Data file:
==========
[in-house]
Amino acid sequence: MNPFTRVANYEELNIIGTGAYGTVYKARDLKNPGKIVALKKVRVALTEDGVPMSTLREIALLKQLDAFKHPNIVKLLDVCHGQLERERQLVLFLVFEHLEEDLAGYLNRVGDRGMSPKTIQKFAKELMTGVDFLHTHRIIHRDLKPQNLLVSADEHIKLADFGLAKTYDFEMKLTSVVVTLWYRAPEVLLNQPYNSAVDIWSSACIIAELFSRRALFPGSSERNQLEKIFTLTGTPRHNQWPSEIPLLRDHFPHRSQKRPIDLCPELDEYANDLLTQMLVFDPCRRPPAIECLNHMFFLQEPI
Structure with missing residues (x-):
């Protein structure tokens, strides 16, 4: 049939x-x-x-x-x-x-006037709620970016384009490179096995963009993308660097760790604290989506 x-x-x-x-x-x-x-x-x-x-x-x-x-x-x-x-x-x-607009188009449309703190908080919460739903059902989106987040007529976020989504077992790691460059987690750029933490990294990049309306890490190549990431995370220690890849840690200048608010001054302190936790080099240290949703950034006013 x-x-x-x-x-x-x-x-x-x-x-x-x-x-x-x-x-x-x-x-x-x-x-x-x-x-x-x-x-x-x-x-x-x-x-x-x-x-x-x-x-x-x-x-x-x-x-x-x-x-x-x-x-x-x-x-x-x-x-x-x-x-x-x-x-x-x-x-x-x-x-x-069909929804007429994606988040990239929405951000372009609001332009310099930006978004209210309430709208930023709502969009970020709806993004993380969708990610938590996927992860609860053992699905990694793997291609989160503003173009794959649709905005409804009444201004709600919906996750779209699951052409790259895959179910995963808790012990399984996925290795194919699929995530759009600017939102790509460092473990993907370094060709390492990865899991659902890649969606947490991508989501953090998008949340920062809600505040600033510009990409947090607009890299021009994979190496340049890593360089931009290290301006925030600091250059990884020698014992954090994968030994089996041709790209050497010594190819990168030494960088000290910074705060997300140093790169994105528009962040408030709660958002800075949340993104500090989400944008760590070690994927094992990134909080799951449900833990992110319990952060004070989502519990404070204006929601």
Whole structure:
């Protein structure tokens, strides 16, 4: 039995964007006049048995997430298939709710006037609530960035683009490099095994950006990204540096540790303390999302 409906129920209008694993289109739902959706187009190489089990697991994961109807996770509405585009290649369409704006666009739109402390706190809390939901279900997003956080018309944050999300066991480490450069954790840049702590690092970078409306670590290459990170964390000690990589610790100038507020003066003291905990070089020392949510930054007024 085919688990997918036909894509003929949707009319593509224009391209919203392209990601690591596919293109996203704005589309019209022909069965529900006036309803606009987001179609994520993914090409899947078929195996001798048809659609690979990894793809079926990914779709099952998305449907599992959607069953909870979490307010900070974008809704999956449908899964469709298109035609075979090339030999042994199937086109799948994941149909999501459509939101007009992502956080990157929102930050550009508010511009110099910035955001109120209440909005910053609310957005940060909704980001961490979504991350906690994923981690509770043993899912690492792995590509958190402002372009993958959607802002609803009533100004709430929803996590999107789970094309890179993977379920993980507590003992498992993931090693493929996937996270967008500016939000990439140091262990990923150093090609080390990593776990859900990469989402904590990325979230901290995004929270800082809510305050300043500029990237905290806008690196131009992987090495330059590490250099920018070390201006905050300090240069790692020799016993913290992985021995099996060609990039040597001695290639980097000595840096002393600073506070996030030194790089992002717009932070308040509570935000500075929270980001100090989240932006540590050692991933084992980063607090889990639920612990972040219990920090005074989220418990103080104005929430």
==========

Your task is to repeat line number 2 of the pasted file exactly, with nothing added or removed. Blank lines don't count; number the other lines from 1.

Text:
Amino acid sequence: MNPFTRVANYEELNIIGTGAYGTVYKARDLKNPGKIVALKKVRVALTEDGVPMSTLREIALLKQLDAFKHPNIVKLLDVCHGQLERERQLVLFLVFEHLEEDLAGYLNRVGDRGMSPKTIQKFAKELMTGVDFLHTHRIIHRDLKPQNLLVSADEHIKLADFGLAKTYDFEMKLTSVVVTLWYRAPEVLLNQPYNSAVDIWSSACIIAELFSRRALFPGSSERNQLEKIFTLTGTPRHNQWPSEIPLLRDHFPHRSQKRPIDLCPELDEYANDLLTQMLVFDPCRRPPAIECLNHMFFLQEPI